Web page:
“The cost of developing offshore wind continues to rapidly decline, even before taking into account statewide economic development opportunities and other benefits from statewide investments that will bring up to 5,000 new jobs in construction, manufacturing and operations from regional offshore wind demand,” NYSERDA said in a statement.
How the deal works
The procurements will begin later this year through the purchase of Offshore Wind Renewable Credits over a two-year period with the rest coming in later years as the offshore wind industry matures and prices decline, state officials say.
NYSERDA would purchase the credits from wind developers and then resell them to utilities for retail use. The cost would be passed along to ratepayers.
State officials calculate that during the first phase ratepayers will see an increase of between .18 and .76 percent on their electrical bills or less than 76 cents per month for the typical residential customer. The .76 percent increase is considered the maximum increase ratepayers could see. Energy intensive businesses would pay more. And the increases would not kick in until the projects are being developed, beginning in the year 2020.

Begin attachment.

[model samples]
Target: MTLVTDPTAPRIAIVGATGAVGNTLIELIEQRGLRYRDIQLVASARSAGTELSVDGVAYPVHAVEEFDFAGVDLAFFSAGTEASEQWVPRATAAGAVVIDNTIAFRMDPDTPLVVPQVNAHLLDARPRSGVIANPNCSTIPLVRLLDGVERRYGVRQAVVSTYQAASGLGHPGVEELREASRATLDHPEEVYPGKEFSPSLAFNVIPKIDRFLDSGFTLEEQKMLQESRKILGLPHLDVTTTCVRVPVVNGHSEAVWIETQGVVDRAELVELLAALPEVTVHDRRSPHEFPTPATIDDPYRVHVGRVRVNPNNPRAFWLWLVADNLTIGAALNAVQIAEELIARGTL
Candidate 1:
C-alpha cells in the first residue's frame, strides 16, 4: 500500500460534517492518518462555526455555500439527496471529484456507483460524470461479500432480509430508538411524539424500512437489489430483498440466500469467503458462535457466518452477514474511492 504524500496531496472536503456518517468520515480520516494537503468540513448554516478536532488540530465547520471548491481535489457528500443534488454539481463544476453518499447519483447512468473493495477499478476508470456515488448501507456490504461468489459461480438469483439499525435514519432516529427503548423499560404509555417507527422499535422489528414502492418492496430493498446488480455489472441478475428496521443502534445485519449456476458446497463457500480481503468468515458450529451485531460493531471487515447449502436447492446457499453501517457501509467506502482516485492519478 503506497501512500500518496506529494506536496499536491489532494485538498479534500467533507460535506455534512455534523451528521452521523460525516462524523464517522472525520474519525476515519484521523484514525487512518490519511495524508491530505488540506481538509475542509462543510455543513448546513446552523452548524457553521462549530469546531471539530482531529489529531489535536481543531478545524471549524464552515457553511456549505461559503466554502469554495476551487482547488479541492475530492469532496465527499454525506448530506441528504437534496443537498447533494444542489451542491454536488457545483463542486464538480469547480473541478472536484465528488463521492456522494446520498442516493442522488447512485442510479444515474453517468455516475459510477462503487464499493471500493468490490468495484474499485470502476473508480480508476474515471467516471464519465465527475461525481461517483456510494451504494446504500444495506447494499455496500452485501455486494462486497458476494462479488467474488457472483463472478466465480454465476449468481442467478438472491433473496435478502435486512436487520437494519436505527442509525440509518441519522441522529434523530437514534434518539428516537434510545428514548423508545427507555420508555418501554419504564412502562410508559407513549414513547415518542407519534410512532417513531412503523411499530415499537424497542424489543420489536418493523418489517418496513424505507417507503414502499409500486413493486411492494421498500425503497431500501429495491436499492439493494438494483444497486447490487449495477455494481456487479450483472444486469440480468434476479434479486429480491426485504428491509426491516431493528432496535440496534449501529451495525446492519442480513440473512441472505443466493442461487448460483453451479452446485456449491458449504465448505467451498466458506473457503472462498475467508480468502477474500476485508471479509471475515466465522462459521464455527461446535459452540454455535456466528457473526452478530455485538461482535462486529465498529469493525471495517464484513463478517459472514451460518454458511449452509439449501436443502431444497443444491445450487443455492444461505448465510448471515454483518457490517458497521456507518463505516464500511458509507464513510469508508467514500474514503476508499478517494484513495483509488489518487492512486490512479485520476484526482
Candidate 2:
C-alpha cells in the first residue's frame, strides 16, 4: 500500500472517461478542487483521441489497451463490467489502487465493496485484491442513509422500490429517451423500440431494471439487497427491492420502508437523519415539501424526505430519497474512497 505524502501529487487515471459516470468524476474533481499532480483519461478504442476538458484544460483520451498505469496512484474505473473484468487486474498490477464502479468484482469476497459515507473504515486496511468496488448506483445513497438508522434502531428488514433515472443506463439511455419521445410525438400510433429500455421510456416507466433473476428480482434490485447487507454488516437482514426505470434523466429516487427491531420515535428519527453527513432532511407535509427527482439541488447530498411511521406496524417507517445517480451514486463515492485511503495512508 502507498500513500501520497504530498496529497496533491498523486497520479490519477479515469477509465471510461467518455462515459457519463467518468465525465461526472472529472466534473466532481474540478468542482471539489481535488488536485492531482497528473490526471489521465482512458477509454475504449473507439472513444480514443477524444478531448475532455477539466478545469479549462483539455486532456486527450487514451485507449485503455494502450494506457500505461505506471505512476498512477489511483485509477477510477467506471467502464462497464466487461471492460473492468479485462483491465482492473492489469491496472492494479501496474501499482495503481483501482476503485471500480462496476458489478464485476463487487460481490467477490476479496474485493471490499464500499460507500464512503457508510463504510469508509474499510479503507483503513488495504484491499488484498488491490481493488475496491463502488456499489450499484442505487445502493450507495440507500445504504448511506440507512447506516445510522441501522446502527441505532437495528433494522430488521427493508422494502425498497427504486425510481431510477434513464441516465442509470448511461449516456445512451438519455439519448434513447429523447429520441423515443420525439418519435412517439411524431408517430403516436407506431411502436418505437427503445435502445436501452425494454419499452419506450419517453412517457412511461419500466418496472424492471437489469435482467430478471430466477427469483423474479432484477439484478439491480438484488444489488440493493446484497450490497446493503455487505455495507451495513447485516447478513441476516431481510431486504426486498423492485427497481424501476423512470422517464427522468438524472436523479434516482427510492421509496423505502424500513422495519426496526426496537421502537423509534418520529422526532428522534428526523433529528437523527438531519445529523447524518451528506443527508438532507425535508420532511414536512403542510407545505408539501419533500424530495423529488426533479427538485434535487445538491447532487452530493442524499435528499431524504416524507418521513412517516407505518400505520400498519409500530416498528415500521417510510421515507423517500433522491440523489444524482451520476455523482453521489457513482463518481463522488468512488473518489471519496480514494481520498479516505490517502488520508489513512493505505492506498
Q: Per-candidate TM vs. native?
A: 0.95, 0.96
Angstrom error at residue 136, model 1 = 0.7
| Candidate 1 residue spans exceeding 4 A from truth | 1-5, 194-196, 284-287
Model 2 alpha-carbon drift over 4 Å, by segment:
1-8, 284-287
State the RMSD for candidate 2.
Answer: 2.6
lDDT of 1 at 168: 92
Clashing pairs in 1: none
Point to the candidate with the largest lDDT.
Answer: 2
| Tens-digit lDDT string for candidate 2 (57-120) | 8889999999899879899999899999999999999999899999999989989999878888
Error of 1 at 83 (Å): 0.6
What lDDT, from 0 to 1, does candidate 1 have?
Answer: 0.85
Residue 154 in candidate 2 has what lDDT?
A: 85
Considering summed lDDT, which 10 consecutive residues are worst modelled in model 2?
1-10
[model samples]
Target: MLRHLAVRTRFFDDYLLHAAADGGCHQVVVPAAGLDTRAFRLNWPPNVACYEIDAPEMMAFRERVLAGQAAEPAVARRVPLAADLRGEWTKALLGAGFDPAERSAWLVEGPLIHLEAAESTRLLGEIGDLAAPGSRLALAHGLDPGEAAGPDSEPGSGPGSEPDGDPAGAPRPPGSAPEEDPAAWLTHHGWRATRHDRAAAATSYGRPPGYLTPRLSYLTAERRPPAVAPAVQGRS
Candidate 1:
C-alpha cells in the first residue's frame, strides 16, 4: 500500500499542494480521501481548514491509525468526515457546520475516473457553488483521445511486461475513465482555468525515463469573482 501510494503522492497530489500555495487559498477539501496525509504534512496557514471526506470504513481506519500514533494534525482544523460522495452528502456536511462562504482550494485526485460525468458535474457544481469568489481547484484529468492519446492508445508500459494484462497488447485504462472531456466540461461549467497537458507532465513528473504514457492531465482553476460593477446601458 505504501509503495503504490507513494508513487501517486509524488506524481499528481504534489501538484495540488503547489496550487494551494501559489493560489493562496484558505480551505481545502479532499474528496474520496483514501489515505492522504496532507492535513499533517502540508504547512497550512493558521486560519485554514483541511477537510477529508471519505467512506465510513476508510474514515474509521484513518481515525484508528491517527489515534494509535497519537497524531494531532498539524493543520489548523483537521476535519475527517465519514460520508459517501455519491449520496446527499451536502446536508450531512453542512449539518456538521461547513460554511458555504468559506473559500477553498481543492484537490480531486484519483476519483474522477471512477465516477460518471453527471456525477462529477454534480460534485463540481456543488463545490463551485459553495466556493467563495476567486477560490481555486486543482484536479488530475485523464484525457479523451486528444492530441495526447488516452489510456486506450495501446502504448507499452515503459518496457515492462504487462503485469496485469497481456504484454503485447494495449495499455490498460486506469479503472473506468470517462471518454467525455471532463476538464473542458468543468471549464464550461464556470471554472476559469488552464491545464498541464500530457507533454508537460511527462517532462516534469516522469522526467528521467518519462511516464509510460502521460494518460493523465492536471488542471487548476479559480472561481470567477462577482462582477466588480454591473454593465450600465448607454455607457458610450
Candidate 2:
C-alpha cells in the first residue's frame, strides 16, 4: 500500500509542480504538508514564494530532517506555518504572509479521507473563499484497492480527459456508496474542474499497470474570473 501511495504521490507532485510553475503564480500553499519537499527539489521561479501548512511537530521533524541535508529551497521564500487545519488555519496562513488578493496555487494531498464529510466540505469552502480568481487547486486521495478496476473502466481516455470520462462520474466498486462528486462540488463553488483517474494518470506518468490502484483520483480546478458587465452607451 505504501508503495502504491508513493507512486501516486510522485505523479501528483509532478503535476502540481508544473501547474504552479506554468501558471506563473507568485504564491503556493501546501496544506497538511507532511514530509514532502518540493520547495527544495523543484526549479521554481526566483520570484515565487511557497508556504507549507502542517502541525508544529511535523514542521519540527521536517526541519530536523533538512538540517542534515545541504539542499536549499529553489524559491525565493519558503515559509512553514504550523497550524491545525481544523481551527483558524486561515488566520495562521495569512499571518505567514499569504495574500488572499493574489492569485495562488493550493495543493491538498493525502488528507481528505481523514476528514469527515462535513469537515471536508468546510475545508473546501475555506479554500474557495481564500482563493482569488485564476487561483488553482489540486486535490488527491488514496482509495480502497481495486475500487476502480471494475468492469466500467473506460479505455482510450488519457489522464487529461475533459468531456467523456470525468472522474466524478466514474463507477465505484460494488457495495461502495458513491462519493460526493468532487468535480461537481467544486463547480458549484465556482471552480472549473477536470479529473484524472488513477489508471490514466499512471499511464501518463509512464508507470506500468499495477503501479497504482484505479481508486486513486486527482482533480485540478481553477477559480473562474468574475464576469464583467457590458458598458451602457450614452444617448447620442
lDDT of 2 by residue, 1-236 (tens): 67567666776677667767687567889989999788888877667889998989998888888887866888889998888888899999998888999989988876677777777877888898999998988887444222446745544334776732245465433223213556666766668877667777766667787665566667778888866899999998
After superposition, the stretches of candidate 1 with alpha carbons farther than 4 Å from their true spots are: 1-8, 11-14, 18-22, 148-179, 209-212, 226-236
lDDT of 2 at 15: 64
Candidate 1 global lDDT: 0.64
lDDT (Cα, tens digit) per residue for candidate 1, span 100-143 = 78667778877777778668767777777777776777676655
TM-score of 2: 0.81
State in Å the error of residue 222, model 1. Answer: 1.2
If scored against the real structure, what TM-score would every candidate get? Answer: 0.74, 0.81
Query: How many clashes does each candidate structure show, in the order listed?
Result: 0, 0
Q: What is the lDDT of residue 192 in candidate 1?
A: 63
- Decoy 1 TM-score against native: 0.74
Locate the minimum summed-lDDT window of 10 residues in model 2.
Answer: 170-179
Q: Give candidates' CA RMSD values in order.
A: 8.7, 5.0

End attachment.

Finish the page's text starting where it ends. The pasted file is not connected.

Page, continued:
With offshore wind costs coming down in Europe and elsewhere, NYSERDA viewed the moved as an economic opportunity that dovetailed with the state’s renewable energy goals.
“New York has all of the assets – labor, ports and policies – required to become a global hub for this emerging industry and we fully plan to capitalize on these strengths so that New Yorkers will reap the substantial environmental and economic benefits that offshore wind will bring,” said Alicia Barton, the president and CEO of NYSERDA.
Deepwater Wind expanding
Providence-based Deepwater Wind, which developed the nation’s first offshore wind farm off the coast of Rhode Island, has plans to develop a site off the Long Island coast.
Deepwater CEO Jeffrey Grybowski told the Associated Press on Wednesday that the company will be pushing ahead with projects in a number of states in the northeast in the coming years.
“We’re going into a very intensive phase now, where in order to submit permit applications and begin to do the engineering and design, we will be spending tens of millions of dollars over the coming year to collect data from the wind farm locations,” Grybowski told the Associated Press.
Rabago credits Cuomo for sticking to a plan outlined several years ago that he didn’t back away from during an election year.
“This is a politician keeping a promise, right?,” Rabago said. “He said we we’re going to do this and he followed through. In this day and age that’s a good thing.”